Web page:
We looked at Dash and we thought, wow we can really build an entire business around this particular blockchain, and it makes a lot of sense. Referring back to your original question which was, do you see us actually moving into other blockchains potentially? The company issued a news release two weeks ago, that we are going to be incubating Neptune Stake, which is what would would like to think of as a proof-of-stake validation business. Where we are contributing an undefined amount of capital, to purchase and invest in proof-of-stake coins, where we will be purchasing them, staking them on a blockchain and earning revenues and rebalancing our proof-of-stake portfolio over time. And the plan with that business is to spin it out into a separate public company identified as Proof-of-stake.
Clay Collins: Interesting! Now I know the New Economy Movement as of today, this fluctuates a lot, has a slightly higher market cap than Dash, and a bit less volume. Did you look at the New Economy Movement, and possibly running a masternode there as well? And what were your conclusions?
Troy Wong: Yeah we reviewed the New Economy Movement, that’s definitely a coin that we were going to incubate within Neptune Stake. If you take a look at a little bit more detail in NEM, you’ll see that the majority of the trading volume exists on a single exchange, which doesn’t give us a lot of comfort there. The second thing is that the New Economy Movement doesn’t have a high enough yield, relative to the Dash blockchain. Dash’s yield for masternodes is about eight and a half percent, and NEM’s is about four percent.
Clay Collins: Do you reinvest 100% of the Dash that you receive, back into masternodes? Or do you diversify into other blockchains? Or do you find other ways of reinvesting that capital? Or is it only back into masternodes?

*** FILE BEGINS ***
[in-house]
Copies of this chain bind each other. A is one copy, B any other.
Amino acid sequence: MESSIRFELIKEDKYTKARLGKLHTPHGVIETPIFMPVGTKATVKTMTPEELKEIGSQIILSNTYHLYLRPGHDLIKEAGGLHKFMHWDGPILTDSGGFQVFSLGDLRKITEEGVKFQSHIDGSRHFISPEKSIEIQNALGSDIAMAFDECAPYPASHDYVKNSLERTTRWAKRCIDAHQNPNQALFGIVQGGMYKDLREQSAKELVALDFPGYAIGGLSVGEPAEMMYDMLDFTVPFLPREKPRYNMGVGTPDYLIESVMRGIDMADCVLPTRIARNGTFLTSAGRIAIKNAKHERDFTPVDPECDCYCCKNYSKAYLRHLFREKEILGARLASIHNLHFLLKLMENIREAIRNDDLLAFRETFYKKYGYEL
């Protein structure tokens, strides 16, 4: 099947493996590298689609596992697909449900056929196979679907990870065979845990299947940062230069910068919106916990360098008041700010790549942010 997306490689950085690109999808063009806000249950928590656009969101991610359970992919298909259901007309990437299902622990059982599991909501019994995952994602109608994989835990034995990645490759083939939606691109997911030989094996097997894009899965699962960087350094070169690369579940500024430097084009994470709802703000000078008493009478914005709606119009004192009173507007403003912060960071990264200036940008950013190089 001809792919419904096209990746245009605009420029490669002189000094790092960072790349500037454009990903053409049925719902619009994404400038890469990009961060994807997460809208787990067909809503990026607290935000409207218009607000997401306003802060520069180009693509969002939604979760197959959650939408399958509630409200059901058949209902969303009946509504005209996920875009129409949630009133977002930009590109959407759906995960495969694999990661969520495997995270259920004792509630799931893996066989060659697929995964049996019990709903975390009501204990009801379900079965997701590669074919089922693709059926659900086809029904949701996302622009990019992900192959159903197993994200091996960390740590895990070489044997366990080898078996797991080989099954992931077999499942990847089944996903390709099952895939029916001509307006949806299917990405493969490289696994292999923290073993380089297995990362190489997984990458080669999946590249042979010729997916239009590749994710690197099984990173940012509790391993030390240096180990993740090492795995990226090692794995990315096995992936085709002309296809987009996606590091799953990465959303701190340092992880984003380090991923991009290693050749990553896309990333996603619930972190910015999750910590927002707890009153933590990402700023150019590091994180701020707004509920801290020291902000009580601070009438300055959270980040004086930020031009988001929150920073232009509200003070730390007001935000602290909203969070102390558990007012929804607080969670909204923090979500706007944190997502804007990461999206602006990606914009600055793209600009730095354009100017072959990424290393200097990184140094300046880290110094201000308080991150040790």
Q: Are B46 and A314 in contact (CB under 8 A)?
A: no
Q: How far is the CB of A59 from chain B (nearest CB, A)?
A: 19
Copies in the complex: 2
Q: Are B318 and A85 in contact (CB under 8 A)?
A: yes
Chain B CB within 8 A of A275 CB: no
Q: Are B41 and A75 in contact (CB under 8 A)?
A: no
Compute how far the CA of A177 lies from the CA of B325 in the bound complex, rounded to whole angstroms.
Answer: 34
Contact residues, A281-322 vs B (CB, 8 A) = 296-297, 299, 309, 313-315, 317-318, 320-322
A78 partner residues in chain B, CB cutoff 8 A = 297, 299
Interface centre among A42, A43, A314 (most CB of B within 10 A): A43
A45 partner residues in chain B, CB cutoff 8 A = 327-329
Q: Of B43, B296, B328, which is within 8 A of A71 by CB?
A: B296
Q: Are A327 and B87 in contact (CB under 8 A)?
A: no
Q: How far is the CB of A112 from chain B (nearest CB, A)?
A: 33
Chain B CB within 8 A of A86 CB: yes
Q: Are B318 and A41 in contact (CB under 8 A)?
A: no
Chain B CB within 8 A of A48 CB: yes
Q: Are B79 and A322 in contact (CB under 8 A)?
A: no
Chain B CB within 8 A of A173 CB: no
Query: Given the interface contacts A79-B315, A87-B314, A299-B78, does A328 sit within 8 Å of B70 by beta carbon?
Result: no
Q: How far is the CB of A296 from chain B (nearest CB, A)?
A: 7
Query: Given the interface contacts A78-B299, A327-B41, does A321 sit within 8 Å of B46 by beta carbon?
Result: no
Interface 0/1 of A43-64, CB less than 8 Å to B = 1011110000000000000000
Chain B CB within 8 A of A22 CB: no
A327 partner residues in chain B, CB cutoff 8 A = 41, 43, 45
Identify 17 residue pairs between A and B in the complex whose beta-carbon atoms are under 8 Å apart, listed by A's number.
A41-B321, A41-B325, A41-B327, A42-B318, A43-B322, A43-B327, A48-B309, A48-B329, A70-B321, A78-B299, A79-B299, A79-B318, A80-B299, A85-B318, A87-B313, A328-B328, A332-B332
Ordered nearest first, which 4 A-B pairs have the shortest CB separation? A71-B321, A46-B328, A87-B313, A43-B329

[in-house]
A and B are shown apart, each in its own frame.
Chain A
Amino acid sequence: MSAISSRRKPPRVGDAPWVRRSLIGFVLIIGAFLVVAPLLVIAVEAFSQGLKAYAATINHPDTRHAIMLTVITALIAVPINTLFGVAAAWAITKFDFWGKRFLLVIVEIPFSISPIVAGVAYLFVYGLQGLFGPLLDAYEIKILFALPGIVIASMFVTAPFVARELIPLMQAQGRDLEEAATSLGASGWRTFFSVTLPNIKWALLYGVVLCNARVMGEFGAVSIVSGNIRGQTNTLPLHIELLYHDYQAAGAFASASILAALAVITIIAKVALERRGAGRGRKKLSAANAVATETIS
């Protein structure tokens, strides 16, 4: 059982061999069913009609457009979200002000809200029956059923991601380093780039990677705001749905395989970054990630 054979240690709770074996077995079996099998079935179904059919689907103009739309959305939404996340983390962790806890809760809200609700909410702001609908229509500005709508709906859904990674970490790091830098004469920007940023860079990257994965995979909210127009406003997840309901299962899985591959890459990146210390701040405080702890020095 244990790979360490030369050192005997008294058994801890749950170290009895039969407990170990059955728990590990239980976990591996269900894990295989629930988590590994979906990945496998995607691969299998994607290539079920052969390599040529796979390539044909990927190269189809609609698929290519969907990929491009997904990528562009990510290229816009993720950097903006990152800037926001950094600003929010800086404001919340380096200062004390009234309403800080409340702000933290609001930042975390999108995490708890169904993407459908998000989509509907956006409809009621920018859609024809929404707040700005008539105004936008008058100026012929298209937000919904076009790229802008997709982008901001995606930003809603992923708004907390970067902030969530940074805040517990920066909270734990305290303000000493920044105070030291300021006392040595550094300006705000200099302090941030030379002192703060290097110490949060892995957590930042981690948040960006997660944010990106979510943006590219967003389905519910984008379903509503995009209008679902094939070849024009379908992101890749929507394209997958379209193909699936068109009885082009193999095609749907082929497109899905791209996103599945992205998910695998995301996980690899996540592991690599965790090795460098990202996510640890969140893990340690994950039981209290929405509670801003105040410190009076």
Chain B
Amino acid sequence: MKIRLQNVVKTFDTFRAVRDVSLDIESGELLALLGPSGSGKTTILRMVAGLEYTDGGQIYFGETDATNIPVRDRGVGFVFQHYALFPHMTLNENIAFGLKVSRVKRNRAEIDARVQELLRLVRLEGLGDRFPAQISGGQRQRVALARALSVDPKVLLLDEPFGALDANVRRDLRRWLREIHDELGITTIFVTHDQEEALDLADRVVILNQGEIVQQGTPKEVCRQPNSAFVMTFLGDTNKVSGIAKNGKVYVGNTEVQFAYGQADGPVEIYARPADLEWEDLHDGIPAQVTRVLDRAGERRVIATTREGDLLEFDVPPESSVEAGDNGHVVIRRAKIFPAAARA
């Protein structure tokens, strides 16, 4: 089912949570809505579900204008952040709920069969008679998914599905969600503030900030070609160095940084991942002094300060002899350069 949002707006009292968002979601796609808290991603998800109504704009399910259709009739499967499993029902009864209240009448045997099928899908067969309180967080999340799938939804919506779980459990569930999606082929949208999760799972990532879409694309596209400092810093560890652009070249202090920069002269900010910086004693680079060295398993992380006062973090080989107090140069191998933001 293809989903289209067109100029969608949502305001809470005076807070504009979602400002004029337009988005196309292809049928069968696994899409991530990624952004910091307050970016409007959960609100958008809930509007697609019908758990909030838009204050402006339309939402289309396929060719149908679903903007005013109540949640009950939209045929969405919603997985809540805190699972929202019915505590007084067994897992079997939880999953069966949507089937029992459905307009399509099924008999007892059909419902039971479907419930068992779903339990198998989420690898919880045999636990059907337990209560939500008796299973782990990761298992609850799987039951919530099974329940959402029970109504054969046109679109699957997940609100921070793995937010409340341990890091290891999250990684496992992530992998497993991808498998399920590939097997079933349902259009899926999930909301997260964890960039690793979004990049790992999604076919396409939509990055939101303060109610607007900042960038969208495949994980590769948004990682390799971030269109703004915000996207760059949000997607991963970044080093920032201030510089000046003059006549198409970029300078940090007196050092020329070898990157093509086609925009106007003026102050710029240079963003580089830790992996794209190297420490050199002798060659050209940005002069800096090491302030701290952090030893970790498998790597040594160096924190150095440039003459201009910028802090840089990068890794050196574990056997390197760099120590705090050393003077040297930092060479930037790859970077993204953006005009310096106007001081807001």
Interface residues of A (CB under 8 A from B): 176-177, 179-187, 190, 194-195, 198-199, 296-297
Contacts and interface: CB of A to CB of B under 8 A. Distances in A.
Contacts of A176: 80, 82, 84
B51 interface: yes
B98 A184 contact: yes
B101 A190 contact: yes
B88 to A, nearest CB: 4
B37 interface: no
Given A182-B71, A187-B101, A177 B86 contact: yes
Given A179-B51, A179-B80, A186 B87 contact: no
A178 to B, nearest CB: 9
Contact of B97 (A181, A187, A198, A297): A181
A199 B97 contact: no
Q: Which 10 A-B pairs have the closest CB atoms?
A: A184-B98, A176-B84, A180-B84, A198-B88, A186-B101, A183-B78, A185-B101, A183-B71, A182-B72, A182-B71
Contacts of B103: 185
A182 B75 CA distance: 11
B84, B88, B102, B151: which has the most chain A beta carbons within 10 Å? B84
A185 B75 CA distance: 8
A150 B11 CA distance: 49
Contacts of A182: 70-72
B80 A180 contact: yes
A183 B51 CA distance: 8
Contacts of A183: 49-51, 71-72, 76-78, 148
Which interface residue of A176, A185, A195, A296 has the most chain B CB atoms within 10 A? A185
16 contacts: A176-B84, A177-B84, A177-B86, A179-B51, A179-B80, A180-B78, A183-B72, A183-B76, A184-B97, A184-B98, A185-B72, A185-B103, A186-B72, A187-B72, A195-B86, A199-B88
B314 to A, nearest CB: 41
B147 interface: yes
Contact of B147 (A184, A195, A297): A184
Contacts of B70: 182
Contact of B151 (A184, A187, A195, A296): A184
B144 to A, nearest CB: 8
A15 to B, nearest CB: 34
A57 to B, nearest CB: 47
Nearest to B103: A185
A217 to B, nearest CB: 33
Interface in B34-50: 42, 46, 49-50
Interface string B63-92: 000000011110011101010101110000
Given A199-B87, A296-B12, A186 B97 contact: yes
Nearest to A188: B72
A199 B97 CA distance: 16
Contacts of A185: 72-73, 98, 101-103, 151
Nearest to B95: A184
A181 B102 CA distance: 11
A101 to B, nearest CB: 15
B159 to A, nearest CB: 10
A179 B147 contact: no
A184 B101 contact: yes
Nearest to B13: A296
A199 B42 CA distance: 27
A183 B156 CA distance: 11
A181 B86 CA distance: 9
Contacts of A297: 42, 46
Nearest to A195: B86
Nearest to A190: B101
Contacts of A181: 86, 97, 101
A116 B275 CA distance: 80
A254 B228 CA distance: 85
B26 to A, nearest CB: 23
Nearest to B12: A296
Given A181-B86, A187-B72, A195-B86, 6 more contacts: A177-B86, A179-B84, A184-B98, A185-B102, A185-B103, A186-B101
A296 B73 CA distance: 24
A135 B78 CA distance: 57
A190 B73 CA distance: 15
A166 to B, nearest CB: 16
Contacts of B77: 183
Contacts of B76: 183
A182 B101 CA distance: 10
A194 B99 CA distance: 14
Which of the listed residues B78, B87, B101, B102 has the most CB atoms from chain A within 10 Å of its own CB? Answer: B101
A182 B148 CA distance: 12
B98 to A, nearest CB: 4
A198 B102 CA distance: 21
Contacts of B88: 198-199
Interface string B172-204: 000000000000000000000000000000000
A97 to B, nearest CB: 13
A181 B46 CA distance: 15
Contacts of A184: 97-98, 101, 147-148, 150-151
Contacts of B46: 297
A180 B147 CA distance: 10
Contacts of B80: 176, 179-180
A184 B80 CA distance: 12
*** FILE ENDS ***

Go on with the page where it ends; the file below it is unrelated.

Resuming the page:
Troy Wong: The goal here right now, is to earn as much Dash as possible, and just keep it on our balance sheet and build more masternodes. So it’s a very very simple model. We’ve been approached with a number of alternative investment opportunities, there’s a number of other companies that are going public in the space. And they’re trying to take on numerous projects all at once, but you have to remember that with every investment decision into an alternative non-masternode project, we have weigh the risks and rewards associated with just actually just keeping Dash, and buying more masternodes. If the Dash price can continue going up, and go up three, four, five, 10x, then our balance sheet just went up three, four, five, 10x. Which is an astronomical win for the company, the company’s balance sheet, and return for shareholders. Versus actually having to go out and actually invest and build an operating business, that is likely not going to go up four, five, or 10x any time in the near future. Although holding such a large amount of Dash digital tokens currency on our balance sheet can be quite risky from an investment perspective, we think that’s why our investors want that type of exposure.
Clay Collins: Does the company plan on paying out dividends? Or is 100% of the return that investors will see from investing in your stock, come from the appreciation and the resale value of the stock itself?
Troy Wong: We only raised 23 million dollars Canadian, so we’re still a small high-growth technology company. As cryptocurrency markets mature, and trillions of dollars enter the space, we expect that a portion of that capital to flow into the Dash blockchain, therefore the Dash price will increase materially, and we can afford to start paying out dividends. But for now, we’re still a very small company. It’s considered a venture level stock on the TSX Venture Exchange. And so we would need to get quite a bit larger in order to sustain the type of cashflow required to pay out dividends to shareholders, but that’s absolutely something that we would consider and anticipate doing, once we grow large enough.